In this study, a total of 212 HBV-related HCC patients were enrolled in training cohort, whereas 370 HCC patients were enrolled in the validation cohort. Tumor size, AFP, cirrhosis status and BCLC stage were associated with overall survival (OS; all P≤0.05; Table SI) in the GSE14520 cohort. Additionally, HBV infection, tumor stage and radical resection were associated with overall survival (all P≤0.05; Table SII) in the TCGA cohort.

mRNA, protein and BodyMap expression analysis

In comparison between tumor and normal tissues, JAK3, TYK2, STAT1, STAT2, STAT3, STAT4, STAT5A, STAT5B and STAT6 genes exhibited differentially expressed levels in the GSE14520 cohort (all P≤0.05; Fig. 1A), and JAK1, JAK2, TYK2, STAT3, STAT4 and STAT5B demonstrated differentially expressed levels in the TCGA cohort (all P≤0.05; Fig. 1B). Meanwhile, in the comparison between low and high expression groups, all the genes showed differently expressed levels in both GSE14520 and TCGA cohorts (all P≤0.05; Fig. 1C and D). BodyMap expression of JAK/STAT pathway genes in tumor and normal tissues is illustrated in Fig. S1. Protein expression data from the Human Protein Atlas confirmed that STAT3 is the highest expressed of the JAK/STAT pathway proteins in HCC (Fig. S2).

Diagnosis and prognosis analysis

In the diagnostic analysis of the GSE14520 cohort (Fig. 2), JAK2, JAK3, TYK2, STAT1, STAT2, STAT3, STAT4, STAT5B and STAT6 genes all indicated diagnostic significance for HCC [Fig. 2B-H, J-K; P≤0.05; area under curve (AUC) >0.5]. Others did not show any diagnostic significance (Fig. 2A and I). Of them, STAT2, STAT4 and STAT6 genes showed higher diagnostic ability (AUC >0.7). Their combination also illustrated a higher diagnosis ability compared with using just one gene (Fig. 2L-O). In the diagnostic analysis of TCGA cohort (Fig. 3), JAK1, JAK2, TYK2, STAT3, STAT4 and STAT5B indicated diagnostic significance for HCC (Fig. 3A, B, D, G, H and J; P≤0.05; AUC >0.5). Others did not show any diagnostic significance (Fig. 3C, E, F, I and K). Of them all, JAK1, JAK2, TYK2 and STAT3 displayed higher diagnosis ability (AUC >0.7). A combination of all genes demonstrated higher diagnosis abilities as compared with just one gene (Fig. 3L-V). In the prognosis analysis of the GSE14520 cohort (Fig. 4), univariate analysis indicated that JAK2, STAT1, STAT5A, STAT5B and STAT6 were associated with OS (all adjusted P≤0.05; Table I; Fig. 4B, E and I-K). Others did not show any prognostic significance (Fig. 4A, C, D and F-H). Meanwhile, JAK2, STAT1, STAT3, STAT5A and STAT6 expressions were associated with OS after adjustment for tumor size, cirrhosis, AFP and BCLC stage (all adjusted P≤0.05; Table I). In the prognosis analysis of TCGA cohort, univariate analysis showed that STAT4, STAT5A, STAT5B and STAT6 were all associated with OS (all adjusted P≤0.05; Table II; Fig. 5H-K). Others did not show any prognostic significance (Fig. 5A-G). Meanwhile, JAK1, JAK2, STAT5A, STAT5B and STAT6 expressions were associated with OS after adjustment for radical resection, tumor stage and HBV infection (all adjusted P≤0.05; Table II).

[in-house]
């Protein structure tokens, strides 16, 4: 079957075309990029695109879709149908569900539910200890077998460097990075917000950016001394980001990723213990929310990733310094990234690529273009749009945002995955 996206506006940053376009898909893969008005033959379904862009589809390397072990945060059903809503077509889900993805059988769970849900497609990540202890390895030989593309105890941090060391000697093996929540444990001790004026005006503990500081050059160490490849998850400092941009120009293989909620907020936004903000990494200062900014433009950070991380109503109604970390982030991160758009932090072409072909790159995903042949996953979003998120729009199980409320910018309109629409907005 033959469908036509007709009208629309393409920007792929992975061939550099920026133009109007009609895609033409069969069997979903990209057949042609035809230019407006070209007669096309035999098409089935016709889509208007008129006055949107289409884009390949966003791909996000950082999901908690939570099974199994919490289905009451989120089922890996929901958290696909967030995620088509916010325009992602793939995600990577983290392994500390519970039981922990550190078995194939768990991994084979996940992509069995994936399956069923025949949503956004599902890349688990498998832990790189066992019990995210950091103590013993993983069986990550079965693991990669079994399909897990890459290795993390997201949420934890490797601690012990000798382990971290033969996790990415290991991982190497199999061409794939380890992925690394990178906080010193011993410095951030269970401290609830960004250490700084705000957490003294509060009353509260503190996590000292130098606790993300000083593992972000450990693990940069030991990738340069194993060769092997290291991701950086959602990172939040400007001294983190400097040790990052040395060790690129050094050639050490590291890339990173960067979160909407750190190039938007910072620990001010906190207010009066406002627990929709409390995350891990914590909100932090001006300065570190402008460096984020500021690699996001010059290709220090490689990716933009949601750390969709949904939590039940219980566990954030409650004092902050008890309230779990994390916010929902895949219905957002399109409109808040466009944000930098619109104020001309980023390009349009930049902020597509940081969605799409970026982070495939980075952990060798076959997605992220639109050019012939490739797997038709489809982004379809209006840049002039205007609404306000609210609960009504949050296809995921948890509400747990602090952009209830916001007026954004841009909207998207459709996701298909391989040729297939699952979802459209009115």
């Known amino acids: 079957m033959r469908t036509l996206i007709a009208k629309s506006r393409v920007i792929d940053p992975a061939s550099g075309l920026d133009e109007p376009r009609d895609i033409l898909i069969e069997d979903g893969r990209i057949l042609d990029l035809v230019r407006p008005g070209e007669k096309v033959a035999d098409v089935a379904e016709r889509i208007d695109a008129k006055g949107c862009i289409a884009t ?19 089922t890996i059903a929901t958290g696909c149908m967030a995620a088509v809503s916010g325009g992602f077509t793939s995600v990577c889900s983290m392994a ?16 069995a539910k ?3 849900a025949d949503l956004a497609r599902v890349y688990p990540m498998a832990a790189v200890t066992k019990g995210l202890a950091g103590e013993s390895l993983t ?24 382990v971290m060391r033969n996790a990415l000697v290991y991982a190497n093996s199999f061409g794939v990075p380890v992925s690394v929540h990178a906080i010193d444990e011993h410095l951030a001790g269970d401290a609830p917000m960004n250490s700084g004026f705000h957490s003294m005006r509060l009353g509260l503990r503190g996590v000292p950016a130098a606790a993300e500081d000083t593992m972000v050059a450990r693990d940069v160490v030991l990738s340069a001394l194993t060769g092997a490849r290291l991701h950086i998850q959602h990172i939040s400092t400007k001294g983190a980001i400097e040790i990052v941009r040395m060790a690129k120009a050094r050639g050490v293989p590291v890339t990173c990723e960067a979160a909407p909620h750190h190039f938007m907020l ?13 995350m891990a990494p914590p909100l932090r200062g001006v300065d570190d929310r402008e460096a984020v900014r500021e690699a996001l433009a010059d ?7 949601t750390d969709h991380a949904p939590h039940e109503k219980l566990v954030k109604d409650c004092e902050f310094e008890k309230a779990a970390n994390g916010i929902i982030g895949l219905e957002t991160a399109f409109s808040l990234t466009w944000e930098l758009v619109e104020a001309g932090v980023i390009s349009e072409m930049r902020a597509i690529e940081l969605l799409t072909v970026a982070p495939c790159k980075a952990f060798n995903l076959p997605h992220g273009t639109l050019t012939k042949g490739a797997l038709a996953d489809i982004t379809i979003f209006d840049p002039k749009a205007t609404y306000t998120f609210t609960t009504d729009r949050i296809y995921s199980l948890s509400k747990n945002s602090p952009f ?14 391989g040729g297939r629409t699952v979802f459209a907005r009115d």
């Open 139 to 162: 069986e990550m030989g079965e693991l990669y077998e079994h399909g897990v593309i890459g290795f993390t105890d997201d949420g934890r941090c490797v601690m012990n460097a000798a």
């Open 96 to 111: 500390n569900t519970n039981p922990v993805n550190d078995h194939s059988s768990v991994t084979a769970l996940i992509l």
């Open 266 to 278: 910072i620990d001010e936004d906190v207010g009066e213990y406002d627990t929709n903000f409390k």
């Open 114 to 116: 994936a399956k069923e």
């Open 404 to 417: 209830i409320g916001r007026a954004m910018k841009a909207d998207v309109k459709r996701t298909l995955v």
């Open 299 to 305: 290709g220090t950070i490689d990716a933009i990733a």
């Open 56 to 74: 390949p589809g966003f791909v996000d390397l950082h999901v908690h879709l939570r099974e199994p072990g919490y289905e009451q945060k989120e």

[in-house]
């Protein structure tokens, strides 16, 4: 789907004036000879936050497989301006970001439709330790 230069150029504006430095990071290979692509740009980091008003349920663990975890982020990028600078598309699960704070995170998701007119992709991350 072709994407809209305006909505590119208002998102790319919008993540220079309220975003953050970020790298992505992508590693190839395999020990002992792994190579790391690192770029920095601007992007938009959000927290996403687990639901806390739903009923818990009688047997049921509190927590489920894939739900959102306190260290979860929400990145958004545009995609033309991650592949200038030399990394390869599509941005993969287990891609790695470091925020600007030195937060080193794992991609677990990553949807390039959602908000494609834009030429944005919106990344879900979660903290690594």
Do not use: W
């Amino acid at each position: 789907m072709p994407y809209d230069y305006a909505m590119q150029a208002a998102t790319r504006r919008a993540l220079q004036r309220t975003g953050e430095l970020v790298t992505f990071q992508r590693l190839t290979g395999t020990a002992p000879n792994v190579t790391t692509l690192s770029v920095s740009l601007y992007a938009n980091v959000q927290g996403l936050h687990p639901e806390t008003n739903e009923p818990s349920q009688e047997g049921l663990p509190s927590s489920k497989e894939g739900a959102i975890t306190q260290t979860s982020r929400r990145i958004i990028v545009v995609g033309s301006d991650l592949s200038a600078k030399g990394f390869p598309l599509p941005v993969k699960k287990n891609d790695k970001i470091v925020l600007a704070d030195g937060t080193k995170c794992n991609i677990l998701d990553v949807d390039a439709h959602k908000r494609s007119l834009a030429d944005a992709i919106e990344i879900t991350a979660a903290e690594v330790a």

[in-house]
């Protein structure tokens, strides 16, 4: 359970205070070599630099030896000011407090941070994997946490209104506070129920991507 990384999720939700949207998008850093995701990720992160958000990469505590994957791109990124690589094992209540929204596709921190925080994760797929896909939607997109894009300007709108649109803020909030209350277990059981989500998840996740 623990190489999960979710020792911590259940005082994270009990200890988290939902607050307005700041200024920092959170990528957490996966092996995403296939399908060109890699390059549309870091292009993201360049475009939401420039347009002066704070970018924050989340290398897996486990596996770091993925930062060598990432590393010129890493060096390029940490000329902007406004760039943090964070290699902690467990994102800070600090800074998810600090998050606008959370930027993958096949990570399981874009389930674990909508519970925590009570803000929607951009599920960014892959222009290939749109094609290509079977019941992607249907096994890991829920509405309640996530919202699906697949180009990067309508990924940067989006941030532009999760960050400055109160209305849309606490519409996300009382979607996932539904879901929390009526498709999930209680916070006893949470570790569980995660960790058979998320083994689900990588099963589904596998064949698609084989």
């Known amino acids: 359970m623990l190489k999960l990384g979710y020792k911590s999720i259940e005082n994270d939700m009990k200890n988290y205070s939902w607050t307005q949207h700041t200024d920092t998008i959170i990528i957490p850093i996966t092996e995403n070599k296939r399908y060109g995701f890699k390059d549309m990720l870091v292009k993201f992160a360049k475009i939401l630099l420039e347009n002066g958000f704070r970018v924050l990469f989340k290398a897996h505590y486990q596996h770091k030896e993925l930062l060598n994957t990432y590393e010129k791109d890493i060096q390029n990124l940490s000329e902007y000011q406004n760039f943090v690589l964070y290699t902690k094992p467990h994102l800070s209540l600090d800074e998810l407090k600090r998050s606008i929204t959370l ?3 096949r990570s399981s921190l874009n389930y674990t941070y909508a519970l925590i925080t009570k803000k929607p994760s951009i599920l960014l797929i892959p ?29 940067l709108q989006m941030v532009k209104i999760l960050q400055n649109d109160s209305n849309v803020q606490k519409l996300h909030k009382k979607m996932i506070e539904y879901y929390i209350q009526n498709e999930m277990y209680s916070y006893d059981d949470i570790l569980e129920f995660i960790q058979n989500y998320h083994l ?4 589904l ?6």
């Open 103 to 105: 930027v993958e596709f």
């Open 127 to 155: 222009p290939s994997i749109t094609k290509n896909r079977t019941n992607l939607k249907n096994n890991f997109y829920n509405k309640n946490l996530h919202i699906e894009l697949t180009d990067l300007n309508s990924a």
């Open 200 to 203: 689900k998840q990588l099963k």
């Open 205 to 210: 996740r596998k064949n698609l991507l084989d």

Table I